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Air Force crew disciplined for landing on Martha’s Vineyard to pick up vintage BMW motorcycle

Air Force leadership was reportedly unaware of the detour during a training mission in March.

Martha's Vineyard was the site of an unauthorized Air Force stop in March. William De Sousa-Mauk / file photo

An Air Force Reserve crew has been disciplined for making an unplanned stop on Martha’s Vineyard during a training mission earlier this year. The stop, which occurred on March 25, was made so that a crew member could pick up a vintage motorcycle, The Martha’s Vineyard Times reported.

The crew was with the U.S. Air Force Reserve’s 53rd Weather Reconnaissance Squadron, 403rd Wing. It is the largest flying organization based at Keesler Air Force Base in Mississippi.

All crew members were downgraded on crew qualifications, and administrative actions have been served, the Times reported.

“Air Force Reserve crews must put in flight training time each month to keep their qualifications, and off-station training achieves valid training requirements,” Col. Stuart M. Rubio, 403rd Wing commander, said in a release. “This personal stop was an abuse of government assets. We hold our reservists to the highest standards of conduct, and these actions are not tolerated.”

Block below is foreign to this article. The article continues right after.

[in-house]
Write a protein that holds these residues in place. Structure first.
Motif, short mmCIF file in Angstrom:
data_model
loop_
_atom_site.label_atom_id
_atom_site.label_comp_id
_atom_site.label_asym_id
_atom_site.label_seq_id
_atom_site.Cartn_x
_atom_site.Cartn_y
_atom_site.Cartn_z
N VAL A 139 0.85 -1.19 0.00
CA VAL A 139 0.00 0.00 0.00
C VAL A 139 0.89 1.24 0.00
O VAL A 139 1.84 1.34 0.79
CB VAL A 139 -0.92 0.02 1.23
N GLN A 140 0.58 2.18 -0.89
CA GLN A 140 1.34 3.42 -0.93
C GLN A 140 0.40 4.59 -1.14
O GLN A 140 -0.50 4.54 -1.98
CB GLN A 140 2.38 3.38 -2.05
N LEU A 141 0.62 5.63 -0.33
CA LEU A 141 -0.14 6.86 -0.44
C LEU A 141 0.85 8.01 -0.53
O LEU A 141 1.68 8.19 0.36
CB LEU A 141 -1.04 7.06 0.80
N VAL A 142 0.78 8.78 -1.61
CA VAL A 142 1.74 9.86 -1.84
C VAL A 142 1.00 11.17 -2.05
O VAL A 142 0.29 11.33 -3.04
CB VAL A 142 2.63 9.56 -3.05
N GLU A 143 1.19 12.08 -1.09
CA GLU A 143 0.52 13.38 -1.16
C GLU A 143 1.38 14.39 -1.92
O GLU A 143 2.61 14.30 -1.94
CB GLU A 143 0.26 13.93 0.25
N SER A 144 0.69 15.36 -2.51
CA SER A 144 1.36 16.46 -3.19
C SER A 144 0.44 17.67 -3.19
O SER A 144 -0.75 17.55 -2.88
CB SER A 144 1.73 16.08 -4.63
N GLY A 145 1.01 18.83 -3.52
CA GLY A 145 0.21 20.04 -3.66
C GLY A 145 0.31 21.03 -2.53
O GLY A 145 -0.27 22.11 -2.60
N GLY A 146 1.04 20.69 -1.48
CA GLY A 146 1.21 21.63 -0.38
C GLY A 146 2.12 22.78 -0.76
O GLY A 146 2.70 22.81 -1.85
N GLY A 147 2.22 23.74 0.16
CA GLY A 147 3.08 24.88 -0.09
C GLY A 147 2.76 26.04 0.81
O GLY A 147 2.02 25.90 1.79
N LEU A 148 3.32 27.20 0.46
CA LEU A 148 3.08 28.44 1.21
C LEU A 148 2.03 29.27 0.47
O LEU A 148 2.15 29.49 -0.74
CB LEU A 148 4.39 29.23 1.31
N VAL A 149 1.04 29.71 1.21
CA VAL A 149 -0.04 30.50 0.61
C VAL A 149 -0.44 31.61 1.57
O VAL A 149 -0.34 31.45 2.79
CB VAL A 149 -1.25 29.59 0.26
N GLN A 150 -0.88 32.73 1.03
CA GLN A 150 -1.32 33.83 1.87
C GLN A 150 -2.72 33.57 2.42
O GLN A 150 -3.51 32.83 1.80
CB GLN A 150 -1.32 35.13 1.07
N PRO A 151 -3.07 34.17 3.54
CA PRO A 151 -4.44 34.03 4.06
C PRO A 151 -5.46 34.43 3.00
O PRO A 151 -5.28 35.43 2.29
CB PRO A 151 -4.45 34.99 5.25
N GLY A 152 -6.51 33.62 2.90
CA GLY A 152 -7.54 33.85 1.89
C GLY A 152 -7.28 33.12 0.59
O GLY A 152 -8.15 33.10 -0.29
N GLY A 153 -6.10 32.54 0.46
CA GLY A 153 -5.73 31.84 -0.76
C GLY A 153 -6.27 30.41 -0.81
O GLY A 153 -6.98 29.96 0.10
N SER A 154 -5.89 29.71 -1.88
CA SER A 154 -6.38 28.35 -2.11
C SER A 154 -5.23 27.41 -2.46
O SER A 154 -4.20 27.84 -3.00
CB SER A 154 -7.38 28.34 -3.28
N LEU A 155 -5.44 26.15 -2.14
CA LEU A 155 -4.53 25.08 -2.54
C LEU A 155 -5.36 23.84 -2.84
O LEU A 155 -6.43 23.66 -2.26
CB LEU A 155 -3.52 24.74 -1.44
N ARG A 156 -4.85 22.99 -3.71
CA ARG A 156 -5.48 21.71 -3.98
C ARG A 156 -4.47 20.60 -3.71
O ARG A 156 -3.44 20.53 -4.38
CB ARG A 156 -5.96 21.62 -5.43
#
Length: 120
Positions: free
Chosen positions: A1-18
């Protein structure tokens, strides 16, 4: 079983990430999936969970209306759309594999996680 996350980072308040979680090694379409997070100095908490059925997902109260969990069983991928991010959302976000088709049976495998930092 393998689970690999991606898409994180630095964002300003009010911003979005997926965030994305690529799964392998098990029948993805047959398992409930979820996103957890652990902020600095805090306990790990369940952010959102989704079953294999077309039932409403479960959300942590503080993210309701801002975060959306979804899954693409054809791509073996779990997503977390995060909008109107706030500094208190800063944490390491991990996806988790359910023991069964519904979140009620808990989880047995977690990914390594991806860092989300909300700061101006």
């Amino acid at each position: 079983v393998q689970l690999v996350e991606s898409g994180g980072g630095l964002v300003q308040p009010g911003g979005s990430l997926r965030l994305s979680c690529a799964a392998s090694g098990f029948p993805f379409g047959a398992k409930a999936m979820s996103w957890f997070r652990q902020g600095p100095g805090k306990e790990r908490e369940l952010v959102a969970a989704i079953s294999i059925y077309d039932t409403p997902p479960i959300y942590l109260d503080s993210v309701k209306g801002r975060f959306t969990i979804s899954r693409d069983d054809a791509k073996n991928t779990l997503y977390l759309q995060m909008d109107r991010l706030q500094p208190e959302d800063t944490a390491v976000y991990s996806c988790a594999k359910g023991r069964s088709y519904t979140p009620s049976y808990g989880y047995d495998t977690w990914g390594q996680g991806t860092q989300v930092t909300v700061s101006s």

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The large plane that landed at Martha’s Vineyard Airport was a WC-130 Hercules aircraft. Also known as “hurricane hunters,” these planes fly weather reconnaissance missions into storms of all kinds to obtain data on movement, size, and intensity, according to the Air Force.

The crew, which consisted of five members, flew from Keesler to Quonset Air National Guard Base on March 24, the Times reported. The following day, they stopped by Martha’s Vineyard to retrieve a crew member’s 1970 BMW R75/5 motorcycle. 403rd Wing leadership was not aware of this stop. The stop lasted about 15 minutes, the Times reported.

After that, CNN reported, the crew flew to Mather, California. This was to pick up special equipment for an atmospheric river mission. Atmospheric Rivers are bands of moisture that come across the Pacific. These systems account for as much as half the West Coast’s annual precipitation, according to the Air Force.

Wing leadership found out about the stop on March 27 and subsequently grounded the crew in California, according to CNN. Another aircraft was sent to pick them up, and the motorcycle remains in California, according to the Times.

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